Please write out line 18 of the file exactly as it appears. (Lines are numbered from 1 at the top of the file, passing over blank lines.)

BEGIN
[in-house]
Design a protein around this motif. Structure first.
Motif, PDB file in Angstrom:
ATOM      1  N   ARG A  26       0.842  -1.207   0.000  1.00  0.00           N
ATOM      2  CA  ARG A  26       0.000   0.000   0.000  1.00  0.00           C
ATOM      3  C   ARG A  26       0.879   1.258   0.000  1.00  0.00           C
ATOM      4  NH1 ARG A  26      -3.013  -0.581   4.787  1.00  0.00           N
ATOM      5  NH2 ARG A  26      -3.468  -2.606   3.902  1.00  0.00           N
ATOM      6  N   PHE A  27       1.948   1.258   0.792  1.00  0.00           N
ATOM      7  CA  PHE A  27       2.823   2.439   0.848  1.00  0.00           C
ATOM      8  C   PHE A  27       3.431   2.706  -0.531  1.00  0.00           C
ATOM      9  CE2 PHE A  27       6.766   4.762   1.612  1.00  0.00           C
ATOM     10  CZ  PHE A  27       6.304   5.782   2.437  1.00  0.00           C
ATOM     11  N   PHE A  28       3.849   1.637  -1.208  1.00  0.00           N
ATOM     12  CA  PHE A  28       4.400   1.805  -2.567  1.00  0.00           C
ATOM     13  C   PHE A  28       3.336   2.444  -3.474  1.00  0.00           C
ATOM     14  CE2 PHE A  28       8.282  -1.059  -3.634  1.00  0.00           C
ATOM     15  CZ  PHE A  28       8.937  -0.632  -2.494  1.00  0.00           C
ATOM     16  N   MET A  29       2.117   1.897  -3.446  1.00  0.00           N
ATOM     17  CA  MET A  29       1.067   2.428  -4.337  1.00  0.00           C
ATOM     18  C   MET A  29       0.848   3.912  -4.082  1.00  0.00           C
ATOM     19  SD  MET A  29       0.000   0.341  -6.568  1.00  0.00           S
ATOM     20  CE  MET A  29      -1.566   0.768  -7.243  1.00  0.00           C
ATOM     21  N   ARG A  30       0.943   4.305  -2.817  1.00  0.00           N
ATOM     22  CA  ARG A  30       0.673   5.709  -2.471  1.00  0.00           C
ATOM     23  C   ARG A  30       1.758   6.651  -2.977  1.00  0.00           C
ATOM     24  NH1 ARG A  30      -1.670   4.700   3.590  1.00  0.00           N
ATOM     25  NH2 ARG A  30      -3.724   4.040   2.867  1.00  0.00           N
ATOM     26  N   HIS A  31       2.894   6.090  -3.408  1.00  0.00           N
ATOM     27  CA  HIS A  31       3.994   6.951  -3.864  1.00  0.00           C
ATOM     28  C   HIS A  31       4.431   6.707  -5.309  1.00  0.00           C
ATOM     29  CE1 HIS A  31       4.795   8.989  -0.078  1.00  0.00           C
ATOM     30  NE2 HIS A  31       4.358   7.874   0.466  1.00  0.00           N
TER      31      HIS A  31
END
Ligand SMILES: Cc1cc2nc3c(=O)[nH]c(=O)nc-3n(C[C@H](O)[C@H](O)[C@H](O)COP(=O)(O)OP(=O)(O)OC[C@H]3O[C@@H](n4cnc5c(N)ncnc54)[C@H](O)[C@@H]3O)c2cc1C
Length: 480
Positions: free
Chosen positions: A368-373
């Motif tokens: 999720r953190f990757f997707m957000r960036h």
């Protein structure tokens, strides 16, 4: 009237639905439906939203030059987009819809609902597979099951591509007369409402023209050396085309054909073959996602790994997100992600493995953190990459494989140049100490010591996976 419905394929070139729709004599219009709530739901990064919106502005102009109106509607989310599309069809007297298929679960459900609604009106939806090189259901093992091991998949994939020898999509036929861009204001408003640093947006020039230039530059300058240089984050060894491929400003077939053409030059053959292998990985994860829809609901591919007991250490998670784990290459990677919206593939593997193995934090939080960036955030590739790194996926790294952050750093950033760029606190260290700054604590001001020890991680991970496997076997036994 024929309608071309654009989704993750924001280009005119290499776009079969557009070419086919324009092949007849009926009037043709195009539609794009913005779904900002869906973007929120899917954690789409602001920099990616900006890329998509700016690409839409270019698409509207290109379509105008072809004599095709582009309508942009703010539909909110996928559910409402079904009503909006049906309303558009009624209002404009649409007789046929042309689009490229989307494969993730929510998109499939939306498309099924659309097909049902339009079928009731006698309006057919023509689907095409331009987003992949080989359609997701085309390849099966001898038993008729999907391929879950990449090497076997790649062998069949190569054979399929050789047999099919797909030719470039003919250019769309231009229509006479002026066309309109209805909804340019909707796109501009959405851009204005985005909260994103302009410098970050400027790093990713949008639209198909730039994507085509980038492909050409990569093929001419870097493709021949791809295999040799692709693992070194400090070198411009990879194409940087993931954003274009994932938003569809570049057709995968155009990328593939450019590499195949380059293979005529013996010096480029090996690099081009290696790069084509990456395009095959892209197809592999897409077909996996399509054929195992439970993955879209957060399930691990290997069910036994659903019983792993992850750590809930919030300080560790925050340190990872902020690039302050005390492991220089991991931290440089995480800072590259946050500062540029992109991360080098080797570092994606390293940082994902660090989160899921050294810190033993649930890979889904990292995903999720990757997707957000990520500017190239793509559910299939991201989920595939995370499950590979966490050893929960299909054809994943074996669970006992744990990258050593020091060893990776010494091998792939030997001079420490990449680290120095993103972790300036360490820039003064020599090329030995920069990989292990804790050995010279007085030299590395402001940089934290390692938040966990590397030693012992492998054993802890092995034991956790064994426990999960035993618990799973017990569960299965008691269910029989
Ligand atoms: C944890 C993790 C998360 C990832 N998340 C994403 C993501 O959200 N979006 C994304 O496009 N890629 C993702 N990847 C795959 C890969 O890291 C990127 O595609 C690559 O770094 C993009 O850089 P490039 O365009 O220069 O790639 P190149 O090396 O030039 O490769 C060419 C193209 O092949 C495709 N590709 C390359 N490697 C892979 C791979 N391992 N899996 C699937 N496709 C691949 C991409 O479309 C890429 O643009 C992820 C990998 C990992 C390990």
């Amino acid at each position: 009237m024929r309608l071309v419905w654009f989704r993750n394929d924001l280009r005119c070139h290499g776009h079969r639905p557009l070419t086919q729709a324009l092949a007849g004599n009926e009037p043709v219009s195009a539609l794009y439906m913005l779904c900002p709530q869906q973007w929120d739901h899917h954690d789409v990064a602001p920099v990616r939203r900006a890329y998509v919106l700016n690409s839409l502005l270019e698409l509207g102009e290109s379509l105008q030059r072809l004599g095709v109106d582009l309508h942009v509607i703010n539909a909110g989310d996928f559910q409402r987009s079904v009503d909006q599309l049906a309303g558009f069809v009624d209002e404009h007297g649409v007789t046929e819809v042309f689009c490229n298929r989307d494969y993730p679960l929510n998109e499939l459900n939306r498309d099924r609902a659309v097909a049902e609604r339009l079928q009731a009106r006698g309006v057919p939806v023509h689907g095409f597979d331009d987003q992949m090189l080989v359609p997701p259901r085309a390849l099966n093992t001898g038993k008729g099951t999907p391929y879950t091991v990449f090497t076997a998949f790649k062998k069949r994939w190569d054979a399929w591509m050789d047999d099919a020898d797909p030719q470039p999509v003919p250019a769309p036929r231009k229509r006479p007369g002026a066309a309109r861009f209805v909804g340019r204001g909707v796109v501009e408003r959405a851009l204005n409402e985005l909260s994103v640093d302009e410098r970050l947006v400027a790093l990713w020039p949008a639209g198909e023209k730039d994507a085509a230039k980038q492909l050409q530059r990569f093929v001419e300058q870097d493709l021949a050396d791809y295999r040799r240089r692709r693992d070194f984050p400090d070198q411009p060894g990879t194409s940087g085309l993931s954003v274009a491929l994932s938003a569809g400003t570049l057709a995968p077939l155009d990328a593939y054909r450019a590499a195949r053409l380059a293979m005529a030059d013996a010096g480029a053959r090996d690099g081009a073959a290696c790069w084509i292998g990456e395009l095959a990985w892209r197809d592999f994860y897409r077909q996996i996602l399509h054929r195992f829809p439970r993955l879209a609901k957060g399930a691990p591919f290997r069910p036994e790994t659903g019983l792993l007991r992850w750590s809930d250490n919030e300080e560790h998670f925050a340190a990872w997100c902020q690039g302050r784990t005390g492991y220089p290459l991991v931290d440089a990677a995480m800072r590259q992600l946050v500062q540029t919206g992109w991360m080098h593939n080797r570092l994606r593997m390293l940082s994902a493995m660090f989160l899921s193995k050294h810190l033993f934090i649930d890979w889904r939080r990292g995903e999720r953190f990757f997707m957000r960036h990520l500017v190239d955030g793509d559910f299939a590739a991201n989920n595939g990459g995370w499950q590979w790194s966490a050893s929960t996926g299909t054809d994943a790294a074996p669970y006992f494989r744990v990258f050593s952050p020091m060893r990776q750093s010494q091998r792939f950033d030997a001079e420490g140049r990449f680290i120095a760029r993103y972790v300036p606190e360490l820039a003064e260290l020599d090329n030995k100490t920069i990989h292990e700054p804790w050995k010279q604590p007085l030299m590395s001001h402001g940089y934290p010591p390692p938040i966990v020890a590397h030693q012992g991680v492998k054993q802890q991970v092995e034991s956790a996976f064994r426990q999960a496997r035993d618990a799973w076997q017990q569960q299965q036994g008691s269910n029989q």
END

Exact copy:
ATOM     15  CZ  PHE A  28       8.937  -0.632  -2.494  1.00  0.00           C